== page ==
Posted June 4 2018
Faculty: Creative Industries
Year graduated: 2015
Thesis: Bits and bumps: Understanding gender in contemporary physical comedy (PhD by Creative Works)
Career category: industry
Dr Bridget Boyle co-founded debase productions in 1998 and worked as an actor, director, producer, and a performance skills educator for over a decade before beginning a PhD in 2012.
We asked Dr Boyle to talk about the value of doing a PhD by Creative Works at that stage of her career and the ways in which her research has informed her current creative practice.
Why did you choose to embark upon a PhD in 2012?
“I chose to study a PhD by creative works for a couple of reasons. My creative practice before studying had mainly been as a performer/ devisor.
Most of my directing had been done within the university as a teacher. I wanted to develop and hone my skills as a director, and the PhD was a perfect mechanism for that development. I was also extremely interested in female-driven comedy, particularly physical comedy. QUT’s PhD program allowed me to develop and direct a piece of physical comedy that both advanced my skills as a director and investigate the problematics of women in comedy.”
Could you describe the work you currently do?
“I continue to develop new work for theatre with my company debase productions, as well as work as a freelance performer, director and teacher. At present, debase productions is collaborating with Queensland Theatre (the flagship state theatre company) and JUTE (Queensland’s only professional regional theatre company) to present The Longest Minute, a comic drama about the North Queensland Cowboys Rugby League team that I helped to create and that I’m directing. I recently directed a new opera for children, The Owl and the Pussycat which premiered at Festival 2018 and Flowstate.”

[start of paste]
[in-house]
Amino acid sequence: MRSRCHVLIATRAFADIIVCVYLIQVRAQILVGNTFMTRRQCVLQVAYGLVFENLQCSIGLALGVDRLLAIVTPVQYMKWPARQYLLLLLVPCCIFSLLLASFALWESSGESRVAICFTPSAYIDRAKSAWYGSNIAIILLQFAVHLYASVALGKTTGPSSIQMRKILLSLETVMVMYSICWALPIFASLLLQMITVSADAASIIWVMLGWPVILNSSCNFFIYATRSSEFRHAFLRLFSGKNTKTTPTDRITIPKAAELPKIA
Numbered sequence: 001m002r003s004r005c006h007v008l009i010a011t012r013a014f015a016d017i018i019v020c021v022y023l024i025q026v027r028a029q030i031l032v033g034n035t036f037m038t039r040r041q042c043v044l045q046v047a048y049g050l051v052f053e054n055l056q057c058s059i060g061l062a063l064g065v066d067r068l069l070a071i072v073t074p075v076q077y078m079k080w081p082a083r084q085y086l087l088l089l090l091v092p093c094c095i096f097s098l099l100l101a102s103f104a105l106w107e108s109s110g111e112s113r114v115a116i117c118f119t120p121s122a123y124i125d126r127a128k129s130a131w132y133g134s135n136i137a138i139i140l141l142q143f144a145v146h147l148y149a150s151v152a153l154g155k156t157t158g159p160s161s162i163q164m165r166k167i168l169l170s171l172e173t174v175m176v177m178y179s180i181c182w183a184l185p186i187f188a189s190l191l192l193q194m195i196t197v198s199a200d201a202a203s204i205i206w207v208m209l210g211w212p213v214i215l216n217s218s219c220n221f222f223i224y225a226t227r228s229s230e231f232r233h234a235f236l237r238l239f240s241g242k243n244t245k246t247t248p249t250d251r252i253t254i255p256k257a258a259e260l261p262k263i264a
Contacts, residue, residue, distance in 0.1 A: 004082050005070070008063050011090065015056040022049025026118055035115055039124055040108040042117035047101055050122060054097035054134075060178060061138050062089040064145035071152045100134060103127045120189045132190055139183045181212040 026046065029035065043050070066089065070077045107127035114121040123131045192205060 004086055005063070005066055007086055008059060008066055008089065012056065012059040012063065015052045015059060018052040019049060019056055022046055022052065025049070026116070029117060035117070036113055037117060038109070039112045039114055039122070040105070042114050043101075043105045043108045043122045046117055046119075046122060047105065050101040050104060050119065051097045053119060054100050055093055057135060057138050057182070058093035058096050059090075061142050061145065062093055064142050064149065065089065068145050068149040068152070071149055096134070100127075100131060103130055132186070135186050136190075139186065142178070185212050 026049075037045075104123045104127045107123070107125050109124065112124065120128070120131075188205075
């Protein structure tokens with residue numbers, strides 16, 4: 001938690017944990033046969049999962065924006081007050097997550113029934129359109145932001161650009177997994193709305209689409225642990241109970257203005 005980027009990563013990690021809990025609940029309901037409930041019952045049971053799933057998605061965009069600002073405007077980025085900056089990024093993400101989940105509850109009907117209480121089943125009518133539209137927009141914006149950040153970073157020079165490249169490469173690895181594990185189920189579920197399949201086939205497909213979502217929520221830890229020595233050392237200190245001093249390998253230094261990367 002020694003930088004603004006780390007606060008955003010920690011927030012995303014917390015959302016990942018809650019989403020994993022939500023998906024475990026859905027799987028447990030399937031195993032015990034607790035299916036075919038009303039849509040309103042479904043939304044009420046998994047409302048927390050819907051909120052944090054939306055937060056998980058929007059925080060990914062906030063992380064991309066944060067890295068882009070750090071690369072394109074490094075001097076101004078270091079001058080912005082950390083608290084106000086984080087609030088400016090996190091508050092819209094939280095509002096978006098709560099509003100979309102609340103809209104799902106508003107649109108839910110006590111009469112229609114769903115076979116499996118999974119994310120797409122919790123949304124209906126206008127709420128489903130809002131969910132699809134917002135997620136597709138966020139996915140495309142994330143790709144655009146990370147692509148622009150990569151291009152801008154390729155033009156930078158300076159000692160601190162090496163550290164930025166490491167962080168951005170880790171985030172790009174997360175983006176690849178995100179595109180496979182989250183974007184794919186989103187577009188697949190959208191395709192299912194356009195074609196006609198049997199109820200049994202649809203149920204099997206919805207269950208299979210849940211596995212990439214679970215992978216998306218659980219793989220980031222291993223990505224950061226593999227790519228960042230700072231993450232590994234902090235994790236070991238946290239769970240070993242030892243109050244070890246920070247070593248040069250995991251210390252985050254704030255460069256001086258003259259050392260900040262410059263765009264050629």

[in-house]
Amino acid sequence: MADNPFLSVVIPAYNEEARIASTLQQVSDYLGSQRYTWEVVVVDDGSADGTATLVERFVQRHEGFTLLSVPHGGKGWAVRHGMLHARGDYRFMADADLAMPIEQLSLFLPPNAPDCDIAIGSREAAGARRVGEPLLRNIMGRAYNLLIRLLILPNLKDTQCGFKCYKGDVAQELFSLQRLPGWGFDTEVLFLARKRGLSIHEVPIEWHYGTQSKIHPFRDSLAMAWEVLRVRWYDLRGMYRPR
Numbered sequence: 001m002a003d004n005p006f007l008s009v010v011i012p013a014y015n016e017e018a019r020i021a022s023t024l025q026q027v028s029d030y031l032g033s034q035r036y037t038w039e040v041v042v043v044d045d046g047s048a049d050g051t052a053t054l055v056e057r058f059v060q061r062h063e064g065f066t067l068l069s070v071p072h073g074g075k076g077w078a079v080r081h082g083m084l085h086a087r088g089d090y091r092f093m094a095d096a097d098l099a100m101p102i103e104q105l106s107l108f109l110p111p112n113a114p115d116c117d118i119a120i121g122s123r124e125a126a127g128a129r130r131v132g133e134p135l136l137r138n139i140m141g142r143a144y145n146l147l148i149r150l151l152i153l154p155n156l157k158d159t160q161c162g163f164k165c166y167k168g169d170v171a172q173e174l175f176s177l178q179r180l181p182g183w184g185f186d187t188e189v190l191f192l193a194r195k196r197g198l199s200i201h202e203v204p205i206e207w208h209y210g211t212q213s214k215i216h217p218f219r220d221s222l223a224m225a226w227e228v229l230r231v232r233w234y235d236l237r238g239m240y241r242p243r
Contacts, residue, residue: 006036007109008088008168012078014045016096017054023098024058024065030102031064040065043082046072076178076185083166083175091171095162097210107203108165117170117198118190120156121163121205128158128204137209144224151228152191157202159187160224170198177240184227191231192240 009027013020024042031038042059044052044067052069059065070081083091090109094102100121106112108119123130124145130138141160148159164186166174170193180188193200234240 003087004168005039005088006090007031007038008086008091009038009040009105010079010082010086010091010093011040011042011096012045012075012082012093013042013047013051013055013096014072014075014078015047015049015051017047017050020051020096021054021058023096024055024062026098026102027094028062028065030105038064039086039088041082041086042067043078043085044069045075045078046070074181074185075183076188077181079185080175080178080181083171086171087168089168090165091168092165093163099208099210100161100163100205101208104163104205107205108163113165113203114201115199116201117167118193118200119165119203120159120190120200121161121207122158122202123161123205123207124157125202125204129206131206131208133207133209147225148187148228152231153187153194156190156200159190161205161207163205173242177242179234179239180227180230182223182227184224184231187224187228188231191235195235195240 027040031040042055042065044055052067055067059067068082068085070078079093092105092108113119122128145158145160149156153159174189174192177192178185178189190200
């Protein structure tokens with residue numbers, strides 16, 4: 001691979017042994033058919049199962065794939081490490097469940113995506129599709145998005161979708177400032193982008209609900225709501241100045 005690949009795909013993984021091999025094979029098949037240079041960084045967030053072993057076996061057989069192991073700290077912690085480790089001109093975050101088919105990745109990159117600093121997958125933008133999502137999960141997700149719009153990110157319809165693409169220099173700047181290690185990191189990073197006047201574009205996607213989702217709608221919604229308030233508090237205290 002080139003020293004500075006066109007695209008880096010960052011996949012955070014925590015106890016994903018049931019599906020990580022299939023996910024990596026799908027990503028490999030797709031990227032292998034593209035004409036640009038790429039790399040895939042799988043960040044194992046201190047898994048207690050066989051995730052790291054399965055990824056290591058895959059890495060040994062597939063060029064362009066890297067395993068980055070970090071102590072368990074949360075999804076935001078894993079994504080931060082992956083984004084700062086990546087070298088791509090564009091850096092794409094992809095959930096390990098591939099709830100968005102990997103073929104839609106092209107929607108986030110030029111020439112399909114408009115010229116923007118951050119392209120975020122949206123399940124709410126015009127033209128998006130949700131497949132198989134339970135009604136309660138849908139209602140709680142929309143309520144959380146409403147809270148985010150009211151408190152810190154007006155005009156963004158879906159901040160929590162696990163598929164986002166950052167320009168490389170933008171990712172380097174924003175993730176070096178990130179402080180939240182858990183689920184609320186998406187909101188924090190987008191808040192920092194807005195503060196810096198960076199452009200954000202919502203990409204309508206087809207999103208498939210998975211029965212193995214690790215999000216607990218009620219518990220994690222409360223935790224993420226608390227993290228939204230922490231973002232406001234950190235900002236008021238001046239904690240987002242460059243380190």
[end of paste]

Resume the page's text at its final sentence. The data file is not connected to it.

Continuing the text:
You were awarded your PhD in 2015. How did doing a PhD at QUT inform or shape your current practice or position?
Through the doctoral research process I was able to develop and test ideas around directorial practice that directly inform my current creative work.
Key skills developed through the PhD include techniques for getting the best performance from a wide range of performers and the ability to shape a rehearsal room so that all artists feel relaxed yet challenged. Most importantly, the concept that the director can lead the rehearsal process without being a dictator is one that I developed throughout the PhD project and continue to hone.
Essentially it’s a feminist framework for directing. I’m not sure I’ve reached the ideal balance yet – but that’s life – an ongoing process of improvement!
Could you briefly describe the interests, skills or research questions that are key to work right now?
At the moment, I’m extremely interested in the “ideal rehearsal room” concept I mentioned above. I’m not sure it’s possible, but that’s what I’m striving for! I’m also really interested in collaboration between Aboriginal and non-Aboriginal artists. The Longest Minute has been a great example of what such a collaboration can achieve. I’m looking to develop and extend this.
What is your current career goal?
I would like to take The Longest Minute interstate and possibly develop it for film. I’d also like to write a book extending my doctoral research around women and physical comedy. I collaborate with David Megarrity on a musical comedy duo called the Warmwaters. I’d like to develop and extend this work – again possibly on film. Lots of goals!
What is the most valuable piece of advice you would you give to someone who is close to completing or has just completed their PhD at QUT?
KEEP GOING (if you’re almost done). And ENJOY THE REST (if you’ve completed!). Also don’t wait too long to try to publish/ present the findings from your research.
PhD alumni, experienced academics and researchers emphasise the importance of publishing from your PhD. QUT has numerous resources that can help you build your publications: